Archive for April 2013
Mobile Website Debugging
Manually debugging a mobile webpage is a lot of effort. You need to run an emulator and it is usually slow and debugging tools are not existing. Opera has a solution for this problem: Opera Mobile Emulator. It is quite fast to run and you may test on many settings.
Furthermore It has Dragon fly support for remote debugging. It is explained here. But I would like to give a quick review. First you need to run opera web browser and open Dragonfly with ctrl+shift+I and start listening desired socket. Then you need to open Opera Mobile Emulator and enter opera:debug to address bar. You will see following screen:
then connect to Dragonfly. And then type address of the webpage you need to test to same tab and you will see data goes through Dragonfly. Great!
References:http://www.opera.com/dragonfly/documentation/remote/
Furthermore It has Dragon fly support for remote debugging. It is explained here. But I would like to give a quick review. First you need to run opera web browser and open Dragonfly with ctrl+shift+I and start listening desired socket. Then you need to open Opera Mobile Emulator and enter opera:debug to address bar. You will see following screen:
then connect to Dragonfly. And then type address of the webpage you need to test to same tab and you will see data goes through Dragonfly. Great!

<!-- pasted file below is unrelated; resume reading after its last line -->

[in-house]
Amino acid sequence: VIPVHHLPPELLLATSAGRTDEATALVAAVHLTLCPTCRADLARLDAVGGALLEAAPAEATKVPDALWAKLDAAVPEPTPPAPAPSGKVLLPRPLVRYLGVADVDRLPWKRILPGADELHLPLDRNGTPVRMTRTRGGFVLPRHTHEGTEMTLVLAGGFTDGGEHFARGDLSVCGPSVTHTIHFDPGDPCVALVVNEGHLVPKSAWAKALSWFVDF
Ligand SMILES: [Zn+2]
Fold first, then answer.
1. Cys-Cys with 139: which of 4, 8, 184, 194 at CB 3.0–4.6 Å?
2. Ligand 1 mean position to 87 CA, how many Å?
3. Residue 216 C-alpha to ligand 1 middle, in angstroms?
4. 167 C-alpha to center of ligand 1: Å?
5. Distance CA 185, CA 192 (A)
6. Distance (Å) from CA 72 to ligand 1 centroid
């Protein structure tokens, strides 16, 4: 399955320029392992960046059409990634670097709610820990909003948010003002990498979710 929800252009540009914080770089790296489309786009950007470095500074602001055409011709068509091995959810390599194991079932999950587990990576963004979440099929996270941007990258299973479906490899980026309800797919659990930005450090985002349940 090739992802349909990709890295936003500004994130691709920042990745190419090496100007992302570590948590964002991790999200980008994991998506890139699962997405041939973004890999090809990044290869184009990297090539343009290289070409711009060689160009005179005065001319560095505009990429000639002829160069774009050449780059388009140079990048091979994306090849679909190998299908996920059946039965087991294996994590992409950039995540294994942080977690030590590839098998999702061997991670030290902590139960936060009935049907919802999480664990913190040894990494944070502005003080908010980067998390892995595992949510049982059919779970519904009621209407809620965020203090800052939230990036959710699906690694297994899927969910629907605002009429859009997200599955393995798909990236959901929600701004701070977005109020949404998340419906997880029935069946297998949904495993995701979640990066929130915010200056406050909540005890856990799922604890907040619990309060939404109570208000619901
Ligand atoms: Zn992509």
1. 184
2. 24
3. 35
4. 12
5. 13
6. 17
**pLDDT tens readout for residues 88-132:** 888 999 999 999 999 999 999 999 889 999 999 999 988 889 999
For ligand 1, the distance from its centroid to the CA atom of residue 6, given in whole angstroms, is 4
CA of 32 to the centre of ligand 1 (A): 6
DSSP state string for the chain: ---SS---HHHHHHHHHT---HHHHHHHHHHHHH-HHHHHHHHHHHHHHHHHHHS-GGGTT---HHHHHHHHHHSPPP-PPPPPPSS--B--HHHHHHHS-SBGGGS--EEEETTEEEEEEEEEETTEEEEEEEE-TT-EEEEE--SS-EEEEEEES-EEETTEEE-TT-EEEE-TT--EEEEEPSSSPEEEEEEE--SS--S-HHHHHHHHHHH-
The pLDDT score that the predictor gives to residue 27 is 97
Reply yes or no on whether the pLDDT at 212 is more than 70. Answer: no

References:http://www.opera.com/dragonfly/documentation/remote/
Saturday, April 27, 2013
Posted by
Ridvan DÃ¶ngelci
Linearization of Multiplication
So multiplication is generally not linearizable. However you can linearize binary multiplication. Let's assume x and y is two binary variables (either 0 or 1), we can linearize z = x*y as follow:
z <= x;
z <= y;
z >= x+y1;
z >= 0;
Further more you can use this trick to multiply two variables x and y with value {1,1}. Here is the trick is noticing if x and y is equal then multiplication z is 1 otherwise it is 1. Thus we can map variable x to {0,1} by (x+1)/2 or we can use binary variable to generate variables with value {1,1} by 2*binary1. After we get binary variable x' and y', we multiply them as above to get z'. And we may flip x' and y', to get x'' and y'' as x''=(1x'); and we may multiply them as show above as well to get z''. If we add z' and z'', we get sum which is 1 if both values of x and y are same (1,1 or 1,1) and 0 if they are different (1,1 or 1,1). We may map sum to correct result by final_result=(2*sum1)formula. Bellow you may find a truth table:
Truth Table


x'

y'

z'

x''

y''

z''

sum

x

y

z

0

0

0

1

1

1

1

1

1

1

0

1

0

1

0

0

0

1

1

1

1

0

0

0

1

0

0

1

1

1

1

1

1

0

0

0

1

1

1

1

Reference: Linearization in Mathematical Programming